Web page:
When we’re talking about sustainability, we’re talking about future generations. We’re talking about the future of our kids, of the children growing up in a world where material scarcity is an everyday challenge. In a way you can say that the most important stakeholder of a sustainable organization are the children and young people of today.
This realization led to a new series of articles on the Guardian last week, discussing wether or not companies should engage young people in their operational management (and if so, how?) .
“Because they are not bound by the constraints of corporate life, and have no knowledge of company structures, awareness of production capabilities and the like, children and young people are able to see opportunity where adults see issues, see solutions where we see problems and, crucially, make connections that we would never have thought possible.”
The full series on giving children a voice in business can be found here, I would like to highlight the article “Putting youth creativity at the heart of business decision-making“. In this article, Tim Smedley, shows a very inspiring example of how three companies effectively formalized the role of young people in the heart of their strategic management by creating youth advisory boards.
“A youth panel needs to be involved in decision-making, not just be a focus group to ask consumer questions to. A youth panel is kind of the next level… it’s saying we actually trust them to help us make bigger, better decisions because they bring a fresh perspective.”
Change management versus disruptive change
Although a youth advisory board is an extremely inspiring way to formalize the role of children, it’s still about giving advice to a company. It’s still pretty non-committal from the business side of it (it’s quite a big commitment for young people to take up a role in any advisory board, whether it’s for school, youth organization or a company). If implemented properly, these advisory boards could eventually lead to a path of change management, but change management rarely leads to disruptive change.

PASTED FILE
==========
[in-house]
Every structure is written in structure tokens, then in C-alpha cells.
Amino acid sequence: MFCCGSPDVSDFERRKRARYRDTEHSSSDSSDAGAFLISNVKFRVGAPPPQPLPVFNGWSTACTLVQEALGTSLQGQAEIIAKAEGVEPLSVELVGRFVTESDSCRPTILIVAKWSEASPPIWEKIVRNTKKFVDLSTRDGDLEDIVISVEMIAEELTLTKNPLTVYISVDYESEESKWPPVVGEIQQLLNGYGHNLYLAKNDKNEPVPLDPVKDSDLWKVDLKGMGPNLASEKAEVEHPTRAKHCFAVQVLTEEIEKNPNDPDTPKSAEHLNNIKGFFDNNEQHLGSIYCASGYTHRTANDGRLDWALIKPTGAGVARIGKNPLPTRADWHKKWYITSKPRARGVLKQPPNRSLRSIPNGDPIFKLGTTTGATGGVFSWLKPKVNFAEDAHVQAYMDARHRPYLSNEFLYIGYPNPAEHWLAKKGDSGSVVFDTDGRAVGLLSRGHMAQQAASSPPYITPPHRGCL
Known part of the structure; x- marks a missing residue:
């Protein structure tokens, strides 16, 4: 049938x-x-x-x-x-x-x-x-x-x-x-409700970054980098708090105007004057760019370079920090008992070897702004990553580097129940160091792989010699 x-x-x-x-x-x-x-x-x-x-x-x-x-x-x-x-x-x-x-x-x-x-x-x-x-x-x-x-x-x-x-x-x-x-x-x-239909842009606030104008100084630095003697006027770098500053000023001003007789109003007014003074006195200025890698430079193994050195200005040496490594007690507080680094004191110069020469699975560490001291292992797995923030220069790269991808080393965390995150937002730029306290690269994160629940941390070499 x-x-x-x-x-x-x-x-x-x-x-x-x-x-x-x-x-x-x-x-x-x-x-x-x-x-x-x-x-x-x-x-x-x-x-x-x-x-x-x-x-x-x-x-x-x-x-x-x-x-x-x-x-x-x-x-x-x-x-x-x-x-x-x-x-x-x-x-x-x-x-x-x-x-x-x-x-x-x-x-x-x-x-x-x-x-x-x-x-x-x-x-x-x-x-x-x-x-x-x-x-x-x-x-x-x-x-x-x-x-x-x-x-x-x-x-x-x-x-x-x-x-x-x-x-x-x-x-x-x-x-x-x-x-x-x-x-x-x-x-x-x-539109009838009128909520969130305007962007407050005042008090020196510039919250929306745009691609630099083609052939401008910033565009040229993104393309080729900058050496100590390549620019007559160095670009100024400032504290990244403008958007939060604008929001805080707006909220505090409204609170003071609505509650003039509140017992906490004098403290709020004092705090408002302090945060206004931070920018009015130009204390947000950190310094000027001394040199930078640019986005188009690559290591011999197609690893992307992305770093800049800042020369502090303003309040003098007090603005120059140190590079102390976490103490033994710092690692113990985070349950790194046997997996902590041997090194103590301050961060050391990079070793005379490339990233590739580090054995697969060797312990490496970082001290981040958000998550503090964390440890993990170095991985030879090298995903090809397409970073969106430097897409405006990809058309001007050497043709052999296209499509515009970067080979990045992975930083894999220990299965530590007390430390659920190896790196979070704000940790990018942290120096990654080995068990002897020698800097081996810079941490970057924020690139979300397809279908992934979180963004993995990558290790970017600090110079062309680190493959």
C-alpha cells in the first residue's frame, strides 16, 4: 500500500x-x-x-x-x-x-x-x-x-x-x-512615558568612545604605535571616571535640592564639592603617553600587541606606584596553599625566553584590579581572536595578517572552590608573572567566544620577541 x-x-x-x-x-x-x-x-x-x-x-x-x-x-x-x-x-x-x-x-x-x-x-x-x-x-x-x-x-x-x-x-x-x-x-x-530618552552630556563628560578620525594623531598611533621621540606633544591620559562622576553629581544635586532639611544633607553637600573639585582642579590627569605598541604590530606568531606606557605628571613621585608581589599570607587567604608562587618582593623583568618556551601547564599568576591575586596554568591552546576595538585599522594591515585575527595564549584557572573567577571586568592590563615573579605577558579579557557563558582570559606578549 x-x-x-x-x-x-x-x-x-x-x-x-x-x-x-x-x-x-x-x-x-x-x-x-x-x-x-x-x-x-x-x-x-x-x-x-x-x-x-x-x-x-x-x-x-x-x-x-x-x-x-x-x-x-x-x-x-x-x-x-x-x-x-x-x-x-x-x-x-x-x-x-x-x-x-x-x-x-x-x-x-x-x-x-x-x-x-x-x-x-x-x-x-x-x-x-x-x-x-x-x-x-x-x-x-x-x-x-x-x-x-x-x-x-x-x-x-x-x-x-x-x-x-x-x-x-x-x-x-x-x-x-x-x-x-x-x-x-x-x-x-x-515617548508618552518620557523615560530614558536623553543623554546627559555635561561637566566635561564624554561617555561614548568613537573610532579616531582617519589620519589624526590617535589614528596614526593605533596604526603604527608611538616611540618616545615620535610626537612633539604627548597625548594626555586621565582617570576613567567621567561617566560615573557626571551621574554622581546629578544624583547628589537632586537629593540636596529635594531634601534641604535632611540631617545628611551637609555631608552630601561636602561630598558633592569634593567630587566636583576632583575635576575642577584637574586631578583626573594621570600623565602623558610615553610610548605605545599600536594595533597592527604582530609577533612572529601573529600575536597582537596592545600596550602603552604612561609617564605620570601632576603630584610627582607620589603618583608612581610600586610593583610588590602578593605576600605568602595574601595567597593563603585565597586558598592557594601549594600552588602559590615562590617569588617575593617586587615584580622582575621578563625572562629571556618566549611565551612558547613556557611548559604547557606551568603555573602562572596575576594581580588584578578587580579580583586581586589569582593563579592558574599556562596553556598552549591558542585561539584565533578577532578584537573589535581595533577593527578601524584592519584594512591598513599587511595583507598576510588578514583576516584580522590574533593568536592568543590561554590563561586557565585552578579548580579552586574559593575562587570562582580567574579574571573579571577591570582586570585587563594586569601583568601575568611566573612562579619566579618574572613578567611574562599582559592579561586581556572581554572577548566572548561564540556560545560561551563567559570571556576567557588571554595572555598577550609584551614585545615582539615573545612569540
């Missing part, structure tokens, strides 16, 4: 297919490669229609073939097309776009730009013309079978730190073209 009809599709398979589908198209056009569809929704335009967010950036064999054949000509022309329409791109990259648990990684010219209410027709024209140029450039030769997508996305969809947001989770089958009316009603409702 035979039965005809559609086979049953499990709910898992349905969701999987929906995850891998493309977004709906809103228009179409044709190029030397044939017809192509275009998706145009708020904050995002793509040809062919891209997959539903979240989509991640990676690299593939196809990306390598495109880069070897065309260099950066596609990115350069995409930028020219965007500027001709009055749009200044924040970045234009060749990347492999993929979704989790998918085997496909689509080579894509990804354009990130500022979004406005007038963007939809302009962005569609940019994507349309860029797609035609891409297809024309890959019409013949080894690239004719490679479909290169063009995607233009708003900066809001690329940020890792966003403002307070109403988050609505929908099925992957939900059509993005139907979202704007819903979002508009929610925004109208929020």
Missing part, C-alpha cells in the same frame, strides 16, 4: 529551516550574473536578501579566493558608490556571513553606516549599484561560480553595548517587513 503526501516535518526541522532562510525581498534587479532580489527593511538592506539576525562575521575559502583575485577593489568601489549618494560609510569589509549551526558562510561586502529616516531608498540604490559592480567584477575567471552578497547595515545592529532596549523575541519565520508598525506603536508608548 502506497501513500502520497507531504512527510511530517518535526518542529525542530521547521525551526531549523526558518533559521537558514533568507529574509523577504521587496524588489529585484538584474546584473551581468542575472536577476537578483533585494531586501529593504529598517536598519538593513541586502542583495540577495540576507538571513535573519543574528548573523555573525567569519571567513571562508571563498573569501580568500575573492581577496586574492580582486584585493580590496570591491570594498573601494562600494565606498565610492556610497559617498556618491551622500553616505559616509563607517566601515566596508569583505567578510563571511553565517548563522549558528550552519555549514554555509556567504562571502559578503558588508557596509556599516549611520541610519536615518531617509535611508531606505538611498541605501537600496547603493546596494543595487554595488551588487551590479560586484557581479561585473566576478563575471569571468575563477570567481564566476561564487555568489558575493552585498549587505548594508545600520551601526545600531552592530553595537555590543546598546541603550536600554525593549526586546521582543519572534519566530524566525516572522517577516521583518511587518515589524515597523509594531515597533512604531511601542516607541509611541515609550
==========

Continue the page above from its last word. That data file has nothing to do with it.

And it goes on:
It’s my believe that with change management we could do a lot less worse, but less bad is not the same as good. Or, as John R. Ehrenfeld stated in his book Sustainability by Design:
“Reducing unsustainability, although critical, will not create sustainability”
We need more than just change management, we need disruptive change. And let’s face it, 99,9% of the entrepreneurs in this world are not creative, or able to think in a disruptive way. This in itself is not a big problem, as Max Planck once said:
“A new idea does not triumph by convincing its opponents and making them see the light, but rather because its opponents eventually die and a new generation grows up that is familiar with it.”
But there’s a problem: the next generation isn’t growing up with these new ideas. They’re being schooled by the entrepreneurs of today, in the ways these entrepreneurs were schooled, and about theories that these entrepreneurs learned by the entrepreneurs before them. Don’t get me wrong, I believe experience is extremely valuable, but it can also be blinding. The moment someone ‘with businesss-experience’ tells you what works and what doesn’t, creativity gets killed.
I would love to create some sort of training for young people. Not to tell them what’s right and what’s wrong, but to learn them how to look at what they learn in a critical way. To believe the things that fit their believes, and first discard things that don’t, and later on show their teachers why their truth didn’t work in the new context that was created. Not a training that focusses on hard skills, but on the soft skills of creativity, problem solving and entrepreneurship.